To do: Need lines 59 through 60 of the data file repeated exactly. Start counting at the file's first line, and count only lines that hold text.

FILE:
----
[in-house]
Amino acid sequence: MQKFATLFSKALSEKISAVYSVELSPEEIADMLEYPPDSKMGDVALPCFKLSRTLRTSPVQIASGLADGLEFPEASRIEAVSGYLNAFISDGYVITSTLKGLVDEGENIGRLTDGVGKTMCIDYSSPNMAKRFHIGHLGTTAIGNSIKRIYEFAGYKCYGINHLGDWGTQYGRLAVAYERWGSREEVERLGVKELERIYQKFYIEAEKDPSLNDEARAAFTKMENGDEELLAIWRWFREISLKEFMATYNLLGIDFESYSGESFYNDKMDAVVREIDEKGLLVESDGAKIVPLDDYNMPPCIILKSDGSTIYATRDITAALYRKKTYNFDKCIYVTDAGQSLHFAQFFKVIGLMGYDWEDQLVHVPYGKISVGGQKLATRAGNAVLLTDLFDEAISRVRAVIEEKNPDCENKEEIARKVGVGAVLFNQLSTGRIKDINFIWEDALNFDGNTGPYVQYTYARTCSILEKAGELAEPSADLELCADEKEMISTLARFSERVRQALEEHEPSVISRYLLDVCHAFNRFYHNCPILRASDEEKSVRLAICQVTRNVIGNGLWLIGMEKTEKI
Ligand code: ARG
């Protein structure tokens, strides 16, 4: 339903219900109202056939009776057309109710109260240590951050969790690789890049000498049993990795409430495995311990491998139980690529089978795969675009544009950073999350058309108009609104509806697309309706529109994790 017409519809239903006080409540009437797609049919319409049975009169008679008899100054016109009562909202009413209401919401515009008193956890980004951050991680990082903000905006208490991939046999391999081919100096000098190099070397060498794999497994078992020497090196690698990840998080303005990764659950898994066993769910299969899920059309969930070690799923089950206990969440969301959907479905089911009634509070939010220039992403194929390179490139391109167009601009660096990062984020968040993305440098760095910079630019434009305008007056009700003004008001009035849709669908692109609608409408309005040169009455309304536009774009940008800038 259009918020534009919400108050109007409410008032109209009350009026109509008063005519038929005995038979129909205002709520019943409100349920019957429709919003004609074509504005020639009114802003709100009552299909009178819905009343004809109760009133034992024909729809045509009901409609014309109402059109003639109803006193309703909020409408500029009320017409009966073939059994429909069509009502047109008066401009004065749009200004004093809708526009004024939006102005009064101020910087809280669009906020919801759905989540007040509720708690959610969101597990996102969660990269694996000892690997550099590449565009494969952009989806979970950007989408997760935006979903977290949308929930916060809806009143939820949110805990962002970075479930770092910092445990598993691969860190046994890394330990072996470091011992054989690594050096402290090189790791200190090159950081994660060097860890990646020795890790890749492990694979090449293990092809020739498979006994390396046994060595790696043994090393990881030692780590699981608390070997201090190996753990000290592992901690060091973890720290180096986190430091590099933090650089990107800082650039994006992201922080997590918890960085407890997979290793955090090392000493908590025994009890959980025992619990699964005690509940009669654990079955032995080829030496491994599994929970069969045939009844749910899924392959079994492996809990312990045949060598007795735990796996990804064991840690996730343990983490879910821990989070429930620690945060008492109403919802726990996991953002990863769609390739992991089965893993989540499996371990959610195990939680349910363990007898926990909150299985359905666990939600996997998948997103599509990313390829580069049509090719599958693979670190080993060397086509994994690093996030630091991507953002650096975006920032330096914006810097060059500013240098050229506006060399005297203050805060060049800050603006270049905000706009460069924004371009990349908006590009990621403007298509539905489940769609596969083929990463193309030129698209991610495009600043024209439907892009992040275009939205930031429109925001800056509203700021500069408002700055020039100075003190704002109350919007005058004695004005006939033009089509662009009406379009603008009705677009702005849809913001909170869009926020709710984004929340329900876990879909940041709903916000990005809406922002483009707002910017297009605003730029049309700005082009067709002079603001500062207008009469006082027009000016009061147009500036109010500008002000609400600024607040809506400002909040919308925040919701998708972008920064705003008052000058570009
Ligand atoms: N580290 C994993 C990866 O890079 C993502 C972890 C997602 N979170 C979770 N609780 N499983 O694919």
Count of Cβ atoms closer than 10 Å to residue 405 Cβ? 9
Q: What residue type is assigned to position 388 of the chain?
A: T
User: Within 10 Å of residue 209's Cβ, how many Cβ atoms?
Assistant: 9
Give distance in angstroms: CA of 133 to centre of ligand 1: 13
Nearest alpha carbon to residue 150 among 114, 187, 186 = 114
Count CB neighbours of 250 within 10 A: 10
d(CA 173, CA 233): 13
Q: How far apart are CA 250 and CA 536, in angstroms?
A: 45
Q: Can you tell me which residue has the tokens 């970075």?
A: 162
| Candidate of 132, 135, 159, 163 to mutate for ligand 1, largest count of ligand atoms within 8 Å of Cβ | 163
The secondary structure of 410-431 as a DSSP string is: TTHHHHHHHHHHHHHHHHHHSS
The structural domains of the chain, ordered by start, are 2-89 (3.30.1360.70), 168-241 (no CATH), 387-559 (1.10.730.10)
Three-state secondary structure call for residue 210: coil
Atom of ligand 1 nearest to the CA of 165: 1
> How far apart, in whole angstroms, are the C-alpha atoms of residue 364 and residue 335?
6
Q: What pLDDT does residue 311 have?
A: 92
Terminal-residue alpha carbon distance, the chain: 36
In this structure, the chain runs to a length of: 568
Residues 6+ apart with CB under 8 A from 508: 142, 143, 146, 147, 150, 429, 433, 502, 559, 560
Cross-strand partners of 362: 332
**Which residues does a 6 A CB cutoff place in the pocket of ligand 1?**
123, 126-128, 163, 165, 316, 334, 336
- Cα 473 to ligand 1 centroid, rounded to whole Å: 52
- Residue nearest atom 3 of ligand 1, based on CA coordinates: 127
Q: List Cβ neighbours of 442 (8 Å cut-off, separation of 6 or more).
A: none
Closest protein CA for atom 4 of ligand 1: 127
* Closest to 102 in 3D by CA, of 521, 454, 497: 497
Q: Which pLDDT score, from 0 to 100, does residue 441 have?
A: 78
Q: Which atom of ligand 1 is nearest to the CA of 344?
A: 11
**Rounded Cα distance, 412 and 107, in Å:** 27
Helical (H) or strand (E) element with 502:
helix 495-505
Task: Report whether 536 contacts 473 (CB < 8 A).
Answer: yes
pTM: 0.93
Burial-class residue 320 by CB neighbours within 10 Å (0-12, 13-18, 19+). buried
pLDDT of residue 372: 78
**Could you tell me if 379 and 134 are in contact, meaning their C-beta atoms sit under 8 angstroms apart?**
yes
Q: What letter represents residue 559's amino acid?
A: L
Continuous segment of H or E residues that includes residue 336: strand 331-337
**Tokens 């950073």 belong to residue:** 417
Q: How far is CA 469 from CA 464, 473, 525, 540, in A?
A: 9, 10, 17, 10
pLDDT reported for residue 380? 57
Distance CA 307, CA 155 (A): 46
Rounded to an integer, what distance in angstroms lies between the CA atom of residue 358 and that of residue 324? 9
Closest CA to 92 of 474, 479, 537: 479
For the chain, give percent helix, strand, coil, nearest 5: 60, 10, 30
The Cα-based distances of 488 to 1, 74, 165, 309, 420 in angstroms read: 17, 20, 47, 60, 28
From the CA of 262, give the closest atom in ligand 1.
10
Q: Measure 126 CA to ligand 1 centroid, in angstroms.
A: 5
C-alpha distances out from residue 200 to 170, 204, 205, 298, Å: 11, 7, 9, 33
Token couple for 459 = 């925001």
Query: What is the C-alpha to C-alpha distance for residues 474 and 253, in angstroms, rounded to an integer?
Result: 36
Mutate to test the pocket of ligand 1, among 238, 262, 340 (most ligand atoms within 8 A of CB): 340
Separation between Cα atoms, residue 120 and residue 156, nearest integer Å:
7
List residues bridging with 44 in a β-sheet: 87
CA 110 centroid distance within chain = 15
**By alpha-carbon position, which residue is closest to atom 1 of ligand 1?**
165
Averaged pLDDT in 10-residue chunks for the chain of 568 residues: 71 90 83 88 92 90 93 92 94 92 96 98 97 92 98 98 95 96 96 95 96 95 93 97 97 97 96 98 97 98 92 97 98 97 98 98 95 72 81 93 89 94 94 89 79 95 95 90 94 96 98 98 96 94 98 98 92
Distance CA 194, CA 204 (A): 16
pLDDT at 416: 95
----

A: 9, 10, 17, 10
pLDDT reported for residue 380? 57